Interview with Ernie Chan on automated trading, Forex and trading platforms
It has been a while since our last interview with Perry Kaufman… So having recently the opportunity to interview the famous Ernie Chan, we could not miss it!
Ernie Chan is the Managing Member of QTS Capital Management LLC, a commodity pool operator and trading advisor. He is also the author of “Quantitative Trading: How to Build Your Own Algorithmic Trading Business” and “Algorithmic Trading: Winning Strategies and Their Rationale“, as well as the popular trading blog epchan.blogspot.com. Find out more about Ernie at www.epchan.com.
Ernie, in case someone still ignores who you are, can you tell us a bit about yourself?
I started out as a machine learning researcher at IBM, working mainly in text mining. Then I transitioned into finance by joining an internal consulting group in data mining at Morgan Stanley. After more than a decade working for investment banks and hedge funds as a quant, I decided to become an independent trader in 2006. Soon afterwards, I started to manage other people’s money as well. Along the way, I have written a trading blog and a number of books (“Quantitative Trading” and “Algorithmic Trading”), and have taught many seminars and courses around the world.
Is your trading 100% systematic, or are you allowing you some discretionary interventions too?
The only discretionary element is leverage determination and capital allocation among different strategies. This is a dynamic process, since new strategies are born and old strategies die all the time.
Is all your trading chain fully automated?
Yes. We trade only backtested models, In order to execute these models faithfully, the process must be automated.
What is the place of the human in this loop?
Research and monitoring. Software always has bugs, so it is important to have a human that can override it when bugs hit.
What do you say to people thinking it is not possible to outperform the markets on the long run with automated strategies?
Some of the most enduring, successful hedge funds are almost 100% algorithmic (e.g. Renaissance Technologies and D.E. Shaw). Also, some high frequency trading firms which have practically no losing days over many years are of course fully automated.
I know you have been trading equities and futures but that you are now quite involved in Forex. Can you tell-us why? Are you trading spot?
We trade only spot Forex.
The most successful strategies in trading spot Forex are mostly technical/quantitative-based. There are few fundamental strategies that are applicable. This plays to our strength. Also, FX market is more liquid than either equities or futures markets, which we find conducive to automated executions. On top of all that, it has the lowest transaction costs.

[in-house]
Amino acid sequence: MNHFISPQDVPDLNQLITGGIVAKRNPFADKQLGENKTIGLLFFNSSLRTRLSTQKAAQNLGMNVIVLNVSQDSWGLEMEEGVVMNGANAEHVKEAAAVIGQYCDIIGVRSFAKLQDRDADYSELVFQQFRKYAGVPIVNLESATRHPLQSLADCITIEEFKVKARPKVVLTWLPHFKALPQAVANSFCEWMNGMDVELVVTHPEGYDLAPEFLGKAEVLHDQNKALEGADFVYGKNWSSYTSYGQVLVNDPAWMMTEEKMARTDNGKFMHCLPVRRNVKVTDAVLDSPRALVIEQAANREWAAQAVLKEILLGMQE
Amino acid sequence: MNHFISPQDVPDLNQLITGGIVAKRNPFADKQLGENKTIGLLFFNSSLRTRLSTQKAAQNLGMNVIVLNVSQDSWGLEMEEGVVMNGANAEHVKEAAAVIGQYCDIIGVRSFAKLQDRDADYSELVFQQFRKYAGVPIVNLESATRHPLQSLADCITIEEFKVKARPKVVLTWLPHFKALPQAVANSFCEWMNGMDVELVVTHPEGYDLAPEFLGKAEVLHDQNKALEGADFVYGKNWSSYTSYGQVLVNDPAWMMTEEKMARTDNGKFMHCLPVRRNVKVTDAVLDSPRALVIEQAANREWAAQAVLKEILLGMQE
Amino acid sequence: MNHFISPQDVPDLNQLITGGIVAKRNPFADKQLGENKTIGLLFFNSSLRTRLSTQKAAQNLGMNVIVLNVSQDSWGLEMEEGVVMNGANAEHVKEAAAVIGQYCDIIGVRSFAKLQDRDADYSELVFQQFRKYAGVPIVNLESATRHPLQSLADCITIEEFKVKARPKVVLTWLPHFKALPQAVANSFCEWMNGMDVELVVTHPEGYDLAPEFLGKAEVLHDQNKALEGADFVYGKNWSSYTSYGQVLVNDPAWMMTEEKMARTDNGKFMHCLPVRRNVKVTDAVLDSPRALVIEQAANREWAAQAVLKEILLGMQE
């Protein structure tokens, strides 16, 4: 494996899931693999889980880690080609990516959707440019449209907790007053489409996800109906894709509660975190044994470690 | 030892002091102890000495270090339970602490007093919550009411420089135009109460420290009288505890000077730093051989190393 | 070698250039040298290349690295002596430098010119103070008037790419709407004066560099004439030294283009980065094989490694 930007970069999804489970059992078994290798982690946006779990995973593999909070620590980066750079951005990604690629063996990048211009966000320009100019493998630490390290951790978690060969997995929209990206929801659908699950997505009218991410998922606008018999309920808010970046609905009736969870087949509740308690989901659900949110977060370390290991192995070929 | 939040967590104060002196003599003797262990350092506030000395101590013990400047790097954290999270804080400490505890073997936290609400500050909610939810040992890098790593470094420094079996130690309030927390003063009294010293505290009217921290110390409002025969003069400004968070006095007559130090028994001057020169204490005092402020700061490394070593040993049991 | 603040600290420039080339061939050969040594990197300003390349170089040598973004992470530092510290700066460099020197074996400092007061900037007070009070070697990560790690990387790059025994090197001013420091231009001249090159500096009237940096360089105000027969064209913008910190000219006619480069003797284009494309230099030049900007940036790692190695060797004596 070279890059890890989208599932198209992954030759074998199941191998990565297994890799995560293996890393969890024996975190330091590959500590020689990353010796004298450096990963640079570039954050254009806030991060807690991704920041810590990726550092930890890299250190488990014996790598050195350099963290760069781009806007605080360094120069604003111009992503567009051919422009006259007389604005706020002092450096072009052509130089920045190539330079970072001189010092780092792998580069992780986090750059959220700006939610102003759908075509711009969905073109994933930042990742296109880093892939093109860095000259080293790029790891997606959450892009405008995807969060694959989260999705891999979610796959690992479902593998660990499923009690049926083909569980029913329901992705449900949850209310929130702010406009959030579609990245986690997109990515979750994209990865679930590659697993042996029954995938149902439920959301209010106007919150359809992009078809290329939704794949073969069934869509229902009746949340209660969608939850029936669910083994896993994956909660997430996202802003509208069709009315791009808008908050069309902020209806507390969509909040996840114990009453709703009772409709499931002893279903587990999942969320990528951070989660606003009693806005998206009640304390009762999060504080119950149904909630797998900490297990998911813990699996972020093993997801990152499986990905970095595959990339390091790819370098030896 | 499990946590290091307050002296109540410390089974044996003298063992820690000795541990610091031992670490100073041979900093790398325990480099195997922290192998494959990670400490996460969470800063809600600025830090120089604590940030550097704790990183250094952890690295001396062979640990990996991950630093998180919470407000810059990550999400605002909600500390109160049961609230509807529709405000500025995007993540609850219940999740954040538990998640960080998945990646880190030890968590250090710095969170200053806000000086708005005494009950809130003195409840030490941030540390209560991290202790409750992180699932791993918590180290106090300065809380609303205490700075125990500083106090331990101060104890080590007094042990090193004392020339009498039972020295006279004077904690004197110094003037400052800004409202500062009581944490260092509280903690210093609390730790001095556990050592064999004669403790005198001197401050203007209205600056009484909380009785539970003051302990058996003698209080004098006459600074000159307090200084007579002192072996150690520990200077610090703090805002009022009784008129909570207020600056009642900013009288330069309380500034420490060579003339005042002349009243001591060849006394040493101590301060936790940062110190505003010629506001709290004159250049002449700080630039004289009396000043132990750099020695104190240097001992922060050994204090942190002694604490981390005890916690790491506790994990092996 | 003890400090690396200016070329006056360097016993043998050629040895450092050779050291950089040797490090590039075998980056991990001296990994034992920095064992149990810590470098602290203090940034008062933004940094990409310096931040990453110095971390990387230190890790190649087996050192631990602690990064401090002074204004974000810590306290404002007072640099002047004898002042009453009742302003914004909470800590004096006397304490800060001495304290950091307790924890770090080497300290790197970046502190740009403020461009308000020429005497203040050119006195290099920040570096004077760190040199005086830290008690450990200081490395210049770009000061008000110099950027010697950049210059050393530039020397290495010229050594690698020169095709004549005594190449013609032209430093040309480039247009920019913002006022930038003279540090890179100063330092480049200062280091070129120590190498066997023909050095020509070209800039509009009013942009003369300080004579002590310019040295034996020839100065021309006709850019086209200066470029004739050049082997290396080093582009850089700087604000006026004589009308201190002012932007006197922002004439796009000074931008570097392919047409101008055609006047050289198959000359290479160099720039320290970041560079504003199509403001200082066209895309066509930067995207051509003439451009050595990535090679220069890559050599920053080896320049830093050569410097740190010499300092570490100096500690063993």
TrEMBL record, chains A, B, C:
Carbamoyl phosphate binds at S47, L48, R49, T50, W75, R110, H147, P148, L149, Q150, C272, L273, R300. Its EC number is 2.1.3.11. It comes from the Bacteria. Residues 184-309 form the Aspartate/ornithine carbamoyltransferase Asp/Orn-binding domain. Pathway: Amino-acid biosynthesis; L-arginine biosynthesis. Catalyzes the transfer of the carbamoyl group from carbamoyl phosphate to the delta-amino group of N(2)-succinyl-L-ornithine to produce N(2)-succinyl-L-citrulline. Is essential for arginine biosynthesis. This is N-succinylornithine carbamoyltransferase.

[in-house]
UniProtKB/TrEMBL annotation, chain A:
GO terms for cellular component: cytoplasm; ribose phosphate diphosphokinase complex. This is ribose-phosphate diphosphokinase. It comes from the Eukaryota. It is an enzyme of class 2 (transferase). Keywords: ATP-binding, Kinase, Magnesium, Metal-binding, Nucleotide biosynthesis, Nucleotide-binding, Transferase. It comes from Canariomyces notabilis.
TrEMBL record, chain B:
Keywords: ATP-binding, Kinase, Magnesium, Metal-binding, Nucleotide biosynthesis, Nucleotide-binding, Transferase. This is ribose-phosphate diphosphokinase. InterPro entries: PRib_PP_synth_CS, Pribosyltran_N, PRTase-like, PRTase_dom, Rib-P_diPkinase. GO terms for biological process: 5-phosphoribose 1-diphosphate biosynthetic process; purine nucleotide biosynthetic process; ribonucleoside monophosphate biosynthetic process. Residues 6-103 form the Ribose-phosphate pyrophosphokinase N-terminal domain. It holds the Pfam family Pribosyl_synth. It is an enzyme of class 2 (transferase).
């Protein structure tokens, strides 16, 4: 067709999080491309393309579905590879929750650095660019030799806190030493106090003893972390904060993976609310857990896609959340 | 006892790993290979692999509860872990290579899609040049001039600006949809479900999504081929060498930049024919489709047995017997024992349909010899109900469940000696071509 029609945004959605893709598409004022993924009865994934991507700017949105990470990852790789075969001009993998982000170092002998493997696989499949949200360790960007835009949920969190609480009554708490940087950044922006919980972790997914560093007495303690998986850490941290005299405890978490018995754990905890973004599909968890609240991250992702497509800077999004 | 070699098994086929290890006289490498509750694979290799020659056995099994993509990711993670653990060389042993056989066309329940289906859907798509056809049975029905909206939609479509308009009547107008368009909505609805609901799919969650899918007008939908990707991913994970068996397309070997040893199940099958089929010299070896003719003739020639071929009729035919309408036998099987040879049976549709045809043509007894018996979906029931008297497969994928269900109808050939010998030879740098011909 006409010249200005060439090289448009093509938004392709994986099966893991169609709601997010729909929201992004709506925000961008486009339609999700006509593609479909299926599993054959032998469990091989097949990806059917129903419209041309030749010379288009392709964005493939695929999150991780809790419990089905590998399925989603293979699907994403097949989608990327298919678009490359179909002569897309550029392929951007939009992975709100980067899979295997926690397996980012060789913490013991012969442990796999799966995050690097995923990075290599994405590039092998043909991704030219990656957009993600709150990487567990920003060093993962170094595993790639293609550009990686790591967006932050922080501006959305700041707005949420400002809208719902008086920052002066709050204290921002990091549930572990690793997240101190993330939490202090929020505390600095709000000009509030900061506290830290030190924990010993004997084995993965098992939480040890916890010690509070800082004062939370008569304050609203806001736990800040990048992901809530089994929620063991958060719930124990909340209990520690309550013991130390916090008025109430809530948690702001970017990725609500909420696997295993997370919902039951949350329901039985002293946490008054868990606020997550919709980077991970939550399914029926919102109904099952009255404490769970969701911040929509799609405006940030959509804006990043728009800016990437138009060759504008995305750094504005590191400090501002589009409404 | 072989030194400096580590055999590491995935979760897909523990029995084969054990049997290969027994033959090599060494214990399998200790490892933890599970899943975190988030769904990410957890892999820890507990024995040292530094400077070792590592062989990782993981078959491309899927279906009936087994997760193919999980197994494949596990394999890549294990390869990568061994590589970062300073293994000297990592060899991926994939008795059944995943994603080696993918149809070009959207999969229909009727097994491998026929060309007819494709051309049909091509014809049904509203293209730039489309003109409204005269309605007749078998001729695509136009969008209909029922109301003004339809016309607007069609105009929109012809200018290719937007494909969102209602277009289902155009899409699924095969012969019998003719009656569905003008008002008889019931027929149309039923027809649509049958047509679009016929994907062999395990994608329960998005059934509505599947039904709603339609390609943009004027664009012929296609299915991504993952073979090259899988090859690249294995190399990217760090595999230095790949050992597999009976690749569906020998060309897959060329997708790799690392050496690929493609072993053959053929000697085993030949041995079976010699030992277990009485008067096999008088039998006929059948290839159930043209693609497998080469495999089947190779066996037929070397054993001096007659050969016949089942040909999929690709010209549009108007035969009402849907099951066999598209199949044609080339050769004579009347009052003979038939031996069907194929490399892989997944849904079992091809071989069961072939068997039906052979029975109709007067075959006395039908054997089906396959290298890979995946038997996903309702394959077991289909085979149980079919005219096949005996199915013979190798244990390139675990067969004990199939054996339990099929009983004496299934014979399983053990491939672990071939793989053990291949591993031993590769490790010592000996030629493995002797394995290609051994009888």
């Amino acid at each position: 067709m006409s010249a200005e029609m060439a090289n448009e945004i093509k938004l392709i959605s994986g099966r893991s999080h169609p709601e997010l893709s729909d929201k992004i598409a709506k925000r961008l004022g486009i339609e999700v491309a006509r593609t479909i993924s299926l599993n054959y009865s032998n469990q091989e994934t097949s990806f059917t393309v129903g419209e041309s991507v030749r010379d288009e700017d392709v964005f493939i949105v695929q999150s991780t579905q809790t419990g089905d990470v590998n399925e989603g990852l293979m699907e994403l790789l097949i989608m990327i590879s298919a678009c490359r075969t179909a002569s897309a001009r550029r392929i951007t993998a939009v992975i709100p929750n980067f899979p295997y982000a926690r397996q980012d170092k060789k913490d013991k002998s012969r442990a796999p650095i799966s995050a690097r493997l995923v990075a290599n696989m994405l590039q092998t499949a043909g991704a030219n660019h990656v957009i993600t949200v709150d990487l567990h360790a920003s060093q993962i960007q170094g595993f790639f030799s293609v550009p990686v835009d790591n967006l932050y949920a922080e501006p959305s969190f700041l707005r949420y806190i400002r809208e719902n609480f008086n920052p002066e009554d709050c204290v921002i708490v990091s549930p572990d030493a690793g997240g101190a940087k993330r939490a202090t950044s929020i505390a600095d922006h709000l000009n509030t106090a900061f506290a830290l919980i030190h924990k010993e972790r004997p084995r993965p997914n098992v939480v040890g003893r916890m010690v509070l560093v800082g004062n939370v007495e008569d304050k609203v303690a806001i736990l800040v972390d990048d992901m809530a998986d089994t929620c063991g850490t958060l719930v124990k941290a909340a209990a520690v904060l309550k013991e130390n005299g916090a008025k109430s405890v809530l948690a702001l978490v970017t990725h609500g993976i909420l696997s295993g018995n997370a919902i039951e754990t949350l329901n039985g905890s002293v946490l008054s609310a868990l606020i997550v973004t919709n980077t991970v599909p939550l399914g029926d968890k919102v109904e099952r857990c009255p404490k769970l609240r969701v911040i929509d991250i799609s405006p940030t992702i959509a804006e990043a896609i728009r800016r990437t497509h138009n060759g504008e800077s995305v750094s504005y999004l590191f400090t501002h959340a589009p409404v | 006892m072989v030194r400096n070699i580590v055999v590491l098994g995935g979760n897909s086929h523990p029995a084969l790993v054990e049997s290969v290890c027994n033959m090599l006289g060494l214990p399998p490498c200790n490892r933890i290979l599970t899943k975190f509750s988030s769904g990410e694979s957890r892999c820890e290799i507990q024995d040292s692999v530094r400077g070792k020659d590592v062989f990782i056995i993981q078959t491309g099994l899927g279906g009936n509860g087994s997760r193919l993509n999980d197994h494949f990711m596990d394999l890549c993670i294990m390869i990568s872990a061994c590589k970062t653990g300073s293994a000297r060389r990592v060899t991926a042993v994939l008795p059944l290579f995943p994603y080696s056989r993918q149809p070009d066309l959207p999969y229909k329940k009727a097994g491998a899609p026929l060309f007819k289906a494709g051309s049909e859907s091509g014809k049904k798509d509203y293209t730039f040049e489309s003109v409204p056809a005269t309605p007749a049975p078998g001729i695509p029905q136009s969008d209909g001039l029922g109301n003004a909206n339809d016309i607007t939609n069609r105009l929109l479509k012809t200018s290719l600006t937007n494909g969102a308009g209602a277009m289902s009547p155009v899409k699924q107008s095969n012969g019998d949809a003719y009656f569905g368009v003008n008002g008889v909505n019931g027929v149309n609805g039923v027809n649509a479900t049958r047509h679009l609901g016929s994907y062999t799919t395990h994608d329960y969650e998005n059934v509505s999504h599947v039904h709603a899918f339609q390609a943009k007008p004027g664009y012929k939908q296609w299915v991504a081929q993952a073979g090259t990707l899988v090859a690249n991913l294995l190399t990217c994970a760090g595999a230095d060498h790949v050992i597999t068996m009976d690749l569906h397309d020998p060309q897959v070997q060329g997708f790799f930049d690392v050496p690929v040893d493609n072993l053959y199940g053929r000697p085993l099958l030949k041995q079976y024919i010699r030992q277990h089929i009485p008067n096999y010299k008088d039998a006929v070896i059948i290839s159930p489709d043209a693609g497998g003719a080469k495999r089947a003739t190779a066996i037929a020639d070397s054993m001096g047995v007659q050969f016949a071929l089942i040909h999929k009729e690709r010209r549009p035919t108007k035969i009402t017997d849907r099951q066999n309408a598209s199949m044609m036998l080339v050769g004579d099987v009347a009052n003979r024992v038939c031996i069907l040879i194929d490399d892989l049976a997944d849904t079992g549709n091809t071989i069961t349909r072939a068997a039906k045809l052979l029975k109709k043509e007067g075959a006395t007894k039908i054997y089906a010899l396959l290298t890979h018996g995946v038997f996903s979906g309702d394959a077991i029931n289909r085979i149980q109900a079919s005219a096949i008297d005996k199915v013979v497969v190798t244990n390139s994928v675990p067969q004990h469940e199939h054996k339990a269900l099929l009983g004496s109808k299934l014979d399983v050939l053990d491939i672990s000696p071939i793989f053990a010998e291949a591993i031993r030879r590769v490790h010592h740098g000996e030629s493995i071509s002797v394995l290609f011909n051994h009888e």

What are your thoughts about Forex microstructure? At Alpha Novae, we have a strong opinion against Last Look and lack of transparency on Forex market…What do you think about it? Does it impact your algorithmic trading? If yes, how?
We currently only trade in FX markets that do not have last look. I agree with you on this: last look and the fragmented nature of FX markets are exploitative of buy-side traders. We had spent many months developing a strategy that backtested very well but fell apart in live trading due to last look, to our great frustration. Henceforth, we avoided those markets.
Do you consider optimal execution important for your trading? If you do, how do you measure execution quality?
Certainly. We measure our executions against a walk-forward test and see whether slippage is significant. Interestingly, we find that our executions often generate “negative slippage” since we run strategies that offer liquidity.
Can you tell-us a bit about your live trading infrastructure ? Did you build-it in house? What are the most important part for you?
Yes. My partner Roger is an experienced software entrepreneur. His products written in C# are sophisticated and well-polished. The main advantage of building in-house is of course that we know exactly the internal logic and can change it in any way we like.
If you were looking to buy your trading infrastructure/platform, what would be your main criterias?
Flexibility to accommodate any strategies that we dream up.
Robustness against crashes especially during fast markets and financial stress.
Speed of executions.
Anything is missing in the current offering?
Flexibility is usually the main missing piece. Most automated execution software assumes a certain style of strategies, most commonly those that are directional and based on technical indicators. Few such software can accommodate arbitrage-based, portfolio-based, or relative value strategies.
Similar question for the research/backtesting infrastructure. If you were looking to buy it, what would be your main criterias? Anything is missing in the current offering?
In addition to flexibility, backtesting software need to be able to use level 2 quotes and has “fill simulations”. For institutional traders, top-of-book liquidity is often not sufficient.
What are you working on right now?
Our research team is of course churning out new strategies constantly. But personally, I am writing another book to complete a trilogy on quantitative trading. I am hoping to finish it in a year’s time.
Ernie, many thanks for your time.